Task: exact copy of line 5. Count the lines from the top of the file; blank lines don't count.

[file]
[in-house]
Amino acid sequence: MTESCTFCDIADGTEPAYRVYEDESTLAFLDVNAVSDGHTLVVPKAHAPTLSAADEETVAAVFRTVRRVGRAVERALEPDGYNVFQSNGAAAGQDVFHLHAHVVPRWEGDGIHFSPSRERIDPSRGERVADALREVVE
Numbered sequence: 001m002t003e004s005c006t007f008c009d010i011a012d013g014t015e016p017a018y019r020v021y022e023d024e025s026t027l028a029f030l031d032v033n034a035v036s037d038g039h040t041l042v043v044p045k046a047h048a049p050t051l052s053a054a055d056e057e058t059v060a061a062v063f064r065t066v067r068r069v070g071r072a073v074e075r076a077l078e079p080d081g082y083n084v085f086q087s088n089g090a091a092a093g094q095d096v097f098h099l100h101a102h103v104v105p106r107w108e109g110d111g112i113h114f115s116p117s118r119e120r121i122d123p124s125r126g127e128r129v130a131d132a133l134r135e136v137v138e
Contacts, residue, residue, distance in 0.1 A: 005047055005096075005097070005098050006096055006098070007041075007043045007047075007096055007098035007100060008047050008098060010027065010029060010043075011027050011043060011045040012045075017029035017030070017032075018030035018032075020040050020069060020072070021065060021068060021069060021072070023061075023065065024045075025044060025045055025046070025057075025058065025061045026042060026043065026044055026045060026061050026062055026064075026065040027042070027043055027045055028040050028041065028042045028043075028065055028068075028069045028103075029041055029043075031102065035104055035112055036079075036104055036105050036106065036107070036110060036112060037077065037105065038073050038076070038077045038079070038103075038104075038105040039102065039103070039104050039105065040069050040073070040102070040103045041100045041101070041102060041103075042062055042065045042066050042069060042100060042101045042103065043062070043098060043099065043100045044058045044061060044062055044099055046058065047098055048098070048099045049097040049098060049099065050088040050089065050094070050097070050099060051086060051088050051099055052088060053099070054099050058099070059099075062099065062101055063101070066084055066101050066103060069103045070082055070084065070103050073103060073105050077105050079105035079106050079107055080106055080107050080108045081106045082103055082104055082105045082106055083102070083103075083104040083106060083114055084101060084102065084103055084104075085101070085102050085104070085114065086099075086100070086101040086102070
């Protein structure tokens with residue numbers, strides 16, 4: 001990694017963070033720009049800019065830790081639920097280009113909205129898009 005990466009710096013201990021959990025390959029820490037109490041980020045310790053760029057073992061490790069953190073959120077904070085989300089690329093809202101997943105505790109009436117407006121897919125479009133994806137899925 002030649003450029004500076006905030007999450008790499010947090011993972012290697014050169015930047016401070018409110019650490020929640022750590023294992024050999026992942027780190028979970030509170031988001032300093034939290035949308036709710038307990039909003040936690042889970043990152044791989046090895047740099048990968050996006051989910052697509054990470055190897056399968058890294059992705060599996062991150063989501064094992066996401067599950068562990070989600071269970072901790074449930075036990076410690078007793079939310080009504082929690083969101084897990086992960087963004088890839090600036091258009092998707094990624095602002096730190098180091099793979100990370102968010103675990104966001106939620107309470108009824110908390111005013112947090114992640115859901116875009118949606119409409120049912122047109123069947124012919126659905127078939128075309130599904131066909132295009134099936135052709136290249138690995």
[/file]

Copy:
């Protein structure tokens with residue numbers, strides 16, 4: 001990694017963070033720009049800019065830790081639920097280009113909205129898009 005990466009710096013201990021959990025390959029820490037109490041980020045310790053760029057073992061490790069953190073959120077904070085989300089690329093809202101997943105505790109009436117407006121897919125479009133994806137899925 002030649003450029004500076006905030007999450008790499010947090011993972012290697014050169015930047016401070018409110019650490020929640022750590023294992024050999026992942027780190028979970030509170031988001032300093034939290035949308036709710038307990039909003040936690042889970043990152044791989046090895047740099048990968050996006051989910052697509054990470055190897056399968058890294059992705060599996062991150063989501064094992066996401067599950068562990070989600071269970072901790074449930075036990076410690078007793079939310080009504082929690083969101084897990086992960087963004088890839090600036091258009092998707094990624095602002096730190098180091099793979100990370102968010103675990104966001106939620107309470108009824110908390111005013112947090114992640115859901116875009118949606119409409120049912122047109123069947124012919126659905127078939128075309130599904131066909132295009134099936135052709136290249138690995």